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Longbrite candles are supposed to burn for at least 7 hours. To check, a random sample of 30 are tested. The time (t) before they burn out is recorded. The results are:

equation

equation

Carry out a test at the 10% significance level of whether the Longbrite candles, on average, burn for at least 7 hours.

So I've stated the two hypotheses, equal to and less than 7. I've calculated that the mean of the sample:

But when I try to calculate the unbiased sample variance, I get:

Would anyone be able to point out where I'm going wrong with that variance? The textbook solutions say that S=0.3084, but I'm not quite sure why! Thank you!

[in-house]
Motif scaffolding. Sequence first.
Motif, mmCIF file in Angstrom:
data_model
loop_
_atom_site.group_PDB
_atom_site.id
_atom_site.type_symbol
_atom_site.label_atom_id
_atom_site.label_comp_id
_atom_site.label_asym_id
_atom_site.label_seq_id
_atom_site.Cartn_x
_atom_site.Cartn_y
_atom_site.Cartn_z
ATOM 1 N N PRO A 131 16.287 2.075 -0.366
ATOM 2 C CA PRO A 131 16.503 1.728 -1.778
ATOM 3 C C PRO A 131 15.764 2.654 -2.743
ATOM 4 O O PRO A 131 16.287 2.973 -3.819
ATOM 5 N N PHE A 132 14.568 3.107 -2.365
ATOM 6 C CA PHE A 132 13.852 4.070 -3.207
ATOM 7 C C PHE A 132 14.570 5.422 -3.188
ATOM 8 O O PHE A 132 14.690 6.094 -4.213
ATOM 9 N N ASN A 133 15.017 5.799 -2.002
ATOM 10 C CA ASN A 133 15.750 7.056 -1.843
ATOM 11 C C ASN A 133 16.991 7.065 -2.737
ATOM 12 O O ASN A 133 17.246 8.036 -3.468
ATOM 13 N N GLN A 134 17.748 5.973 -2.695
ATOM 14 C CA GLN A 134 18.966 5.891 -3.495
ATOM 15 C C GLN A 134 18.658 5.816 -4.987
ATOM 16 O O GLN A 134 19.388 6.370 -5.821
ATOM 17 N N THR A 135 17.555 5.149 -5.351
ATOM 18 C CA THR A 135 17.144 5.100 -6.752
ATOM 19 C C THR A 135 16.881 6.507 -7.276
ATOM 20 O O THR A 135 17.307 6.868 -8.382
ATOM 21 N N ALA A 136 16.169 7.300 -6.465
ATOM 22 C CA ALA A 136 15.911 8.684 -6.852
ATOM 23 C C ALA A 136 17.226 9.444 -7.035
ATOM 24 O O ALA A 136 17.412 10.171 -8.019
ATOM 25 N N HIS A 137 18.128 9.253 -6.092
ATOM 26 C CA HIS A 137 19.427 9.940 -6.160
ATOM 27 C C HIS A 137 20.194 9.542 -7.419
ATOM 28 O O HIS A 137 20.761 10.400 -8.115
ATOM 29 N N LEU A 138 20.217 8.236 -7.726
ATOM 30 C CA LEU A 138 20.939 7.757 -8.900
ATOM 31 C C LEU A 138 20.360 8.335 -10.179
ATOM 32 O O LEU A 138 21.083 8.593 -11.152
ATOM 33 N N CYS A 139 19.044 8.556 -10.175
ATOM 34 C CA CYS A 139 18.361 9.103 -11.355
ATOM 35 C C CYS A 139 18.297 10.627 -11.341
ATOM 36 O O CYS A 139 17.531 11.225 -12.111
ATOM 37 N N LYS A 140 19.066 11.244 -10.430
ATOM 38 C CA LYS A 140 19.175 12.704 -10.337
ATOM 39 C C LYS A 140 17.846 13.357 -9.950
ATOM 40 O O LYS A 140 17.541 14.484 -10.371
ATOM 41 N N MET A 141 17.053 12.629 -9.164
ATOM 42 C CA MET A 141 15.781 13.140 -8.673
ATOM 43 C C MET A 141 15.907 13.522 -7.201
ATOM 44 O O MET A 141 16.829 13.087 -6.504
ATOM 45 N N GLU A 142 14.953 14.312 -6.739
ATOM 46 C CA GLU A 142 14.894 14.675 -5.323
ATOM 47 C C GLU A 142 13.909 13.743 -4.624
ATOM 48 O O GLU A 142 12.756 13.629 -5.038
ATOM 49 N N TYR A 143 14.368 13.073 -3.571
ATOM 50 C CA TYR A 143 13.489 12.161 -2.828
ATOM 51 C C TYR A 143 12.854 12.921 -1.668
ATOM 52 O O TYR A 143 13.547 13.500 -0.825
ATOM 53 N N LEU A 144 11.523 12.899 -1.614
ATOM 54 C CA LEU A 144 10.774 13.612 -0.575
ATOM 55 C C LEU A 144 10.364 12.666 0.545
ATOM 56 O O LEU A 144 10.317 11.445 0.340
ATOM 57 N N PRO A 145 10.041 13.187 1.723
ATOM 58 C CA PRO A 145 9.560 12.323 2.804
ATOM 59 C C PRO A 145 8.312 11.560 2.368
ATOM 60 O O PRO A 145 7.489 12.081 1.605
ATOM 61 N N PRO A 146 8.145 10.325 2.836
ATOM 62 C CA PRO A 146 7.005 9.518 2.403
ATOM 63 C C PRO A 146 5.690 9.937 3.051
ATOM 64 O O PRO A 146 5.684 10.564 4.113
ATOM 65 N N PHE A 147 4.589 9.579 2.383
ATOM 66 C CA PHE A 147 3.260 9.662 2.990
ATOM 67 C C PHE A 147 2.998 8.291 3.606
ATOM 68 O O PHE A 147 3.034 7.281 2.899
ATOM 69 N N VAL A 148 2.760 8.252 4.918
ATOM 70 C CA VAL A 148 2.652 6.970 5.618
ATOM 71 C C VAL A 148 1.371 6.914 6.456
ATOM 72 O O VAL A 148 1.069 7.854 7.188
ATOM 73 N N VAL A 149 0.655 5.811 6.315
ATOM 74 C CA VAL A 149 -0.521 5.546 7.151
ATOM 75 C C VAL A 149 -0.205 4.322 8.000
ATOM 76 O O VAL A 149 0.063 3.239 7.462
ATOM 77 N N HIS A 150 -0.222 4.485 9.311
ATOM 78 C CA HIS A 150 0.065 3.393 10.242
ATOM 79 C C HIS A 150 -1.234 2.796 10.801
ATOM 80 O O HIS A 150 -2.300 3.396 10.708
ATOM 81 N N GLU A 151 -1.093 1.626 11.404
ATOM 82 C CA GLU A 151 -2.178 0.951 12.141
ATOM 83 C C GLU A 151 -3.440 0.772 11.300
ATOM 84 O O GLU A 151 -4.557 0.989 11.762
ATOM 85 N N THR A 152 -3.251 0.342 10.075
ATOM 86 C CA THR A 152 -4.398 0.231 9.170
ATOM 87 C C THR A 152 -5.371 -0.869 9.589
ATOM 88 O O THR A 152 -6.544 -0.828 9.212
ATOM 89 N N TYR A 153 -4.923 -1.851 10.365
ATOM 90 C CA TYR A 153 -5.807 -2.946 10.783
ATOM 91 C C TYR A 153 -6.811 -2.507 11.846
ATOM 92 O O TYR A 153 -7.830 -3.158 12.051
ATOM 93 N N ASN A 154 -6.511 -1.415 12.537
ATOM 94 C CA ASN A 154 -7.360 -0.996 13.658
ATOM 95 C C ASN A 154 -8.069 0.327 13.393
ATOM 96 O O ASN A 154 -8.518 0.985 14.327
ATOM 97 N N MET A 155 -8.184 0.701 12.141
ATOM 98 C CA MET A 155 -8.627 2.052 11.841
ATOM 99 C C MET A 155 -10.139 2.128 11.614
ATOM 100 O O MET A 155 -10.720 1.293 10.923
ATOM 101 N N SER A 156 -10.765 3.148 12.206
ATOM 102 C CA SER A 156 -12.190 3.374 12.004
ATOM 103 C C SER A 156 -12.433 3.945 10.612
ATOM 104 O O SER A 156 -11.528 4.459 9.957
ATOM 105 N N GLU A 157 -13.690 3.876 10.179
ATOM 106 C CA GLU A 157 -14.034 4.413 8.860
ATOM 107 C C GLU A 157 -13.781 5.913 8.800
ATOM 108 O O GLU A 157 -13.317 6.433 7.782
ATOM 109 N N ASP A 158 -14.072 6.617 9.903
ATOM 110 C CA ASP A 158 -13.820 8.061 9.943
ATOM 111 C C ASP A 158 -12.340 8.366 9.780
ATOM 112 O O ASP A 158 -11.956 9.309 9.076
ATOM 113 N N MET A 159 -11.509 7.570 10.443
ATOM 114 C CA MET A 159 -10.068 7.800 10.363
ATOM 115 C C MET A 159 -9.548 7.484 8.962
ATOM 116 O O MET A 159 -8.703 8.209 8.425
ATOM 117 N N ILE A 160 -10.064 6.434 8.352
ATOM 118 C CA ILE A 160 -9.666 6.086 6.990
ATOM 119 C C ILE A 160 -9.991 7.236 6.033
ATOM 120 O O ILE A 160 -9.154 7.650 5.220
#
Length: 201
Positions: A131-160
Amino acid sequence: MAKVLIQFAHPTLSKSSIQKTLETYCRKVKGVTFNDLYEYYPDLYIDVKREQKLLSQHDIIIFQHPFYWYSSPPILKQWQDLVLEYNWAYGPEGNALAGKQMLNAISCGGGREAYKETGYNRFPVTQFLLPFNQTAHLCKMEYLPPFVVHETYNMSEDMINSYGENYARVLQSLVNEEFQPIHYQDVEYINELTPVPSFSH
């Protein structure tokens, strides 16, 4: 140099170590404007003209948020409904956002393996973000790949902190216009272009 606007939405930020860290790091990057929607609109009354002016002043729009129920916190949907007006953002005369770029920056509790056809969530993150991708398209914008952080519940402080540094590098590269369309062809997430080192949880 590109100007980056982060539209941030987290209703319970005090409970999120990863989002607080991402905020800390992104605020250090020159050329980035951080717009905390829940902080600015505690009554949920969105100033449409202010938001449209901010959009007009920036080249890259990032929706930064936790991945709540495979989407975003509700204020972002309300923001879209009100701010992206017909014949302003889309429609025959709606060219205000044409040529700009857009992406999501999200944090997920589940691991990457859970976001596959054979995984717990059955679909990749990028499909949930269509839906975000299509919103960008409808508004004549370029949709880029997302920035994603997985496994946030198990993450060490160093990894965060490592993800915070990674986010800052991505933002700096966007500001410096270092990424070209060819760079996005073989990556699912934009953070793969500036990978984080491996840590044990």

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You are given the sum of squared deviations of the sample from the null mean $7$, and you want the sum of squared deviations of the sample from the sample mean you calculated, $6.92$. To get this, you can write $$\sum (t-6.92)^2 = \sum (t - 7 + 0.08)^2 = \sum \left( (t-7)^2 + 2(t-7)(0.08) + (0.08)^2 \right) \\ = \sum(t-7)^2 + 0.16 \sum (t-7) + 30(0.08)^2,$$ and now you have all the pieces to substitute and get the desired result. Don't forget to divide by $30 - 1 = 29$ afterward.

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